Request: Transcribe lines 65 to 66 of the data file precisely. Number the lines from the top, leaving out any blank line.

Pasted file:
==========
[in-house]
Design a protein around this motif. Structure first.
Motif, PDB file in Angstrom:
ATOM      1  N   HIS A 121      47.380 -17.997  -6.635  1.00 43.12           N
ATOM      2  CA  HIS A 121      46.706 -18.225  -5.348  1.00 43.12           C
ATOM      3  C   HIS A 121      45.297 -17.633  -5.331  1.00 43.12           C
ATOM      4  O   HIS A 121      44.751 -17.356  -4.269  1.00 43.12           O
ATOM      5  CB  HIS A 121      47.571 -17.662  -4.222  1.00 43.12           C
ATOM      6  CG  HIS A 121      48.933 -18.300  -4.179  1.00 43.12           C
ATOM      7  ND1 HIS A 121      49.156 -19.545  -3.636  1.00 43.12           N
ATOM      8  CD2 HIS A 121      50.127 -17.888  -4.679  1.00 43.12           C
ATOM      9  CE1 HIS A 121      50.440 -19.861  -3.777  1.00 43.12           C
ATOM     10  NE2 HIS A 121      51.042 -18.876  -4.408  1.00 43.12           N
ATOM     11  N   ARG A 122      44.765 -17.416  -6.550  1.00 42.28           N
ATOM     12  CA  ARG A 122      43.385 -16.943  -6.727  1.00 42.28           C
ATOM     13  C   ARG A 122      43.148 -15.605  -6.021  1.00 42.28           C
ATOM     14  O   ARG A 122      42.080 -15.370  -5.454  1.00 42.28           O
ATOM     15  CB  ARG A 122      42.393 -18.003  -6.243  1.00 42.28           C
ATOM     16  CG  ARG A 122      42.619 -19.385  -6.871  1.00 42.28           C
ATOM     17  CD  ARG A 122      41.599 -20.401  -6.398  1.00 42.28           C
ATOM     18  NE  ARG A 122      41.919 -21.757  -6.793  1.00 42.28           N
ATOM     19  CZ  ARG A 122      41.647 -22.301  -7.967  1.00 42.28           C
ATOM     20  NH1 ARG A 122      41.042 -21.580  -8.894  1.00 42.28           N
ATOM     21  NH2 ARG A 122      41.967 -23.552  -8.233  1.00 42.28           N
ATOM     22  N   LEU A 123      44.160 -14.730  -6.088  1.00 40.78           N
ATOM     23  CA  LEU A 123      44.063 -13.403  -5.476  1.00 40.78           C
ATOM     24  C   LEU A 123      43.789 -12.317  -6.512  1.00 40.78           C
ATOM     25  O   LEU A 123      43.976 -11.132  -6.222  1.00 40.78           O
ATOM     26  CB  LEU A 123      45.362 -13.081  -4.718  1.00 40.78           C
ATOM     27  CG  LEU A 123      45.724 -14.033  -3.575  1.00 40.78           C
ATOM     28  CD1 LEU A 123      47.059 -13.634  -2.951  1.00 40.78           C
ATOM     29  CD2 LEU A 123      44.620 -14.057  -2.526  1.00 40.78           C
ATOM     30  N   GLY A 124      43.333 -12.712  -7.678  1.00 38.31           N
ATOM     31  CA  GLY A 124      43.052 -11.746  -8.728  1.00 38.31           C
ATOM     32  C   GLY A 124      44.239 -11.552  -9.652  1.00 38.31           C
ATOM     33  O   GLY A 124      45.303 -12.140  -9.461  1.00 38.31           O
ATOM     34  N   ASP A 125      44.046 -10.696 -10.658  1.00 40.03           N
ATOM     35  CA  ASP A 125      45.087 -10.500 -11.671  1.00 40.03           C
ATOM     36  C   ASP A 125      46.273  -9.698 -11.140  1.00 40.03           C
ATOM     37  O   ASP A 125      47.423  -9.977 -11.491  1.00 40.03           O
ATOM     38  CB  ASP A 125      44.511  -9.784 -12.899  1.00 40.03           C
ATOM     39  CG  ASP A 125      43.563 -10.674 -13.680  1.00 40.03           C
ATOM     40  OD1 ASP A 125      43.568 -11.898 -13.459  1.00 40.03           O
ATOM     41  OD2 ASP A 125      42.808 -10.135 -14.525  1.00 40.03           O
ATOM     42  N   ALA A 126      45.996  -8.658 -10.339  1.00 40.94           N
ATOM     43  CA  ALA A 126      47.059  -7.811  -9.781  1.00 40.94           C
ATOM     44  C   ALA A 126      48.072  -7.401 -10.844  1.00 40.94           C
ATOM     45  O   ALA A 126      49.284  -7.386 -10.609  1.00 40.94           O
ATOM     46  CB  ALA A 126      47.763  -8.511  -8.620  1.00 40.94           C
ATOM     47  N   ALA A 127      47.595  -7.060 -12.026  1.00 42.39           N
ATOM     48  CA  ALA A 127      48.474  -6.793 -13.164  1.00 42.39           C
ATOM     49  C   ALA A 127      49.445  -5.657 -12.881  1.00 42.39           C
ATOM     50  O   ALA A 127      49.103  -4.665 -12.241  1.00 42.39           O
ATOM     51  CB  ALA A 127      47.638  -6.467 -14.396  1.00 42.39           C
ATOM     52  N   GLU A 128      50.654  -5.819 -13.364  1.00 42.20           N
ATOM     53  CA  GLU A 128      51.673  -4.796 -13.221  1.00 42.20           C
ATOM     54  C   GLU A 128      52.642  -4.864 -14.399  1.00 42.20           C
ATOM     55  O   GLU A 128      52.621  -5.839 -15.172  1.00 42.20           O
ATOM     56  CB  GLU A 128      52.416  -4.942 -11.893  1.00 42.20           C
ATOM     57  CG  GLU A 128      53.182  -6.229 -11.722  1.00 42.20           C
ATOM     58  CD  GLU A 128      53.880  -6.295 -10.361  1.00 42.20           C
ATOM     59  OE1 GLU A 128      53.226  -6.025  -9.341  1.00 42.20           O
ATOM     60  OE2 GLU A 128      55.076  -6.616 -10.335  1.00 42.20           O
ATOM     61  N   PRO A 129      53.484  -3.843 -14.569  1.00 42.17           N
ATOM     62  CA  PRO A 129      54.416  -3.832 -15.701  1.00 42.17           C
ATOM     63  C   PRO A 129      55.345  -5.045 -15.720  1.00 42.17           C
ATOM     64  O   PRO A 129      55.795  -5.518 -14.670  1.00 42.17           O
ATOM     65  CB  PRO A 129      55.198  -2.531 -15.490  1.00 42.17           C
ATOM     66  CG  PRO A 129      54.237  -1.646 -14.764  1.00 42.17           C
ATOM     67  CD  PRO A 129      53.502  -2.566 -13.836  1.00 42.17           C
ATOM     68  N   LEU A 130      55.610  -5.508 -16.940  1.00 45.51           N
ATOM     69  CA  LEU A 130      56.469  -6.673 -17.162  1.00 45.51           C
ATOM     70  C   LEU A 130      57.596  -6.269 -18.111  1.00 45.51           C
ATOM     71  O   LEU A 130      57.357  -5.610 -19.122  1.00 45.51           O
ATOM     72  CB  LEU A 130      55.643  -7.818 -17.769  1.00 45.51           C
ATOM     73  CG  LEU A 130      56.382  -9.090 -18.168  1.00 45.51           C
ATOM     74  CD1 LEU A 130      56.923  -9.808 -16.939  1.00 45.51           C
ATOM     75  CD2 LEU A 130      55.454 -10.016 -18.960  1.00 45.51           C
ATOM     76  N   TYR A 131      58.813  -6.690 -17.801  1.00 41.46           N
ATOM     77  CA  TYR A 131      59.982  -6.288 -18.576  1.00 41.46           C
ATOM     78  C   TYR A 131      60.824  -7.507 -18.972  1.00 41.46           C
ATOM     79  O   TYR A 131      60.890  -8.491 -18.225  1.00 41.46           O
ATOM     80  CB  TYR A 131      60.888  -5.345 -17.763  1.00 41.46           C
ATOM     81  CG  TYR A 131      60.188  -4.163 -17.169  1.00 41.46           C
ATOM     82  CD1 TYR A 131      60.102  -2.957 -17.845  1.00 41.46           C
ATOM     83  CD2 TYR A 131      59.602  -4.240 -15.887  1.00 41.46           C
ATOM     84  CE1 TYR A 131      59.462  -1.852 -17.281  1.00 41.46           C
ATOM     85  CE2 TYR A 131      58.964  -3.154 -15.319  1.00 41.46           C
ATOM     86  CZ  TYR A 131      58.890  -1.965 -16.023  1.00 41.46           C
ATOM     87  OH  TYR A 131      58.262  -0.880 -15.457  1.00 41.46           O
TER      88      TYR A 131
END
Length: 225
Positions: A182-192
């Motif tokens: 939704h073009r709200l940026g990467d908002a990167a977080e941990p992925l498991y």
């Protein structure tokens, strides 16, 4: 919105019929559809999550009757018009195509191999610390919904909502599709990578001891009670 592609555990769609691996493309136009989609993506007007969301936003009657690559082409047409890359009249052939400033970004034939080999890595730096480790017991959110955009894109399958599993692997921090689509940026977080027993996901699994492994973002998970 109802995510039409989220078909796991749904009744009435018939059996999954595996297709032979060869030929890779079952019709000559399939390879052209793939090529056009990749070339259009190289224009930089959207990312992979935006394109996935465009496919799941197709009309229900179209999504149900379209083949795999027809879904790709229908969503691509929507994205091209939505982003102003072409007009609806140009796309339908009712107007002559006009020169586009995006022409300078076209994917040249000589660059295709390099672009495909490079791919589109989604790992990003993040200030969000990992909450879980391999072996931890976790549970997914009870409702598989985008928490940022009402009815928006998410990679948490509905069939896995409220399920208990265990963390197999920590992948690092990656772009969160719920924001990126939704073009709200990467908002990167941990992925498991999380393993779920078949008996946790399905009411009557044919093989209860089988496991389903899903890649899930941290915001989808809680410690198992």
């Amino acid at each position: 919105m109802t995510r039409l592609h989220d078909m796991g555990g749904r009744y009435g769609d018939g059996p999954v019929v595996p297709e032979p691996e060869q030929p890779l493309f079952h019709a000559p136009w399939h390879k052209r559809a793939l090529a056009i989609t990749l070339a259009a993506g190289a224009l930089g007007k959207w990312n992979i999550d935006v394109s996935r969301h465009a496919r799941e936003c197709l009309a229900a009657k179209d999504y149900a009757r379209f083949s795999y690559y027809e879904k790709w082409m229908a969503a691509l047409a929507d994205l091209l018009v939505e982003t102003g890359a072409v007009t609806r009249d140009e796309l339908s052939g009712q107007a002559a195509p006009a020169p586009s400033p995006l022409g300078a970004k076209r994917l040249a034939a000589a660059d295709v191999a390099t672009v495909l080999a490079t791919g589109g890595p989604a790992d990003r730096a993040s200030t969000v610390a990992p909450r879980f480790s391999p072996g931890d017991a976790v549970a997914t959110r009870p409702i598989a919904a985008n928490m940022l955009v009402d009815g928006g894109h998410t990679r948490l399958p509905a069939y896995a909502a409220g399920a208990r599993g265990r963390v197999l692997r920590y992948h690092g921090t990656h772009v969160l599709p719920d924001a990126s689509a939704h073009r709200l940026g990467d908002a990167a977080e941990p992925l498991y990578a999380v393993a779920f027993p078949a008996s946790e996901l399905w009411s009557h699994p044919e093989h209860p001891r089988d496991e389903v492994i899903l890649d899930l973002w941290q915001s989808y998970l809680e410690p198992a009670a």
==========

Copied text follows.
ATOM     62  CA  PRO A 129      54.416  -3.832 -15.701  1.00 42.17           C
ATOM     63  C   PRO A 129      55.345  -5.045 -15.720  1.00 42.17           C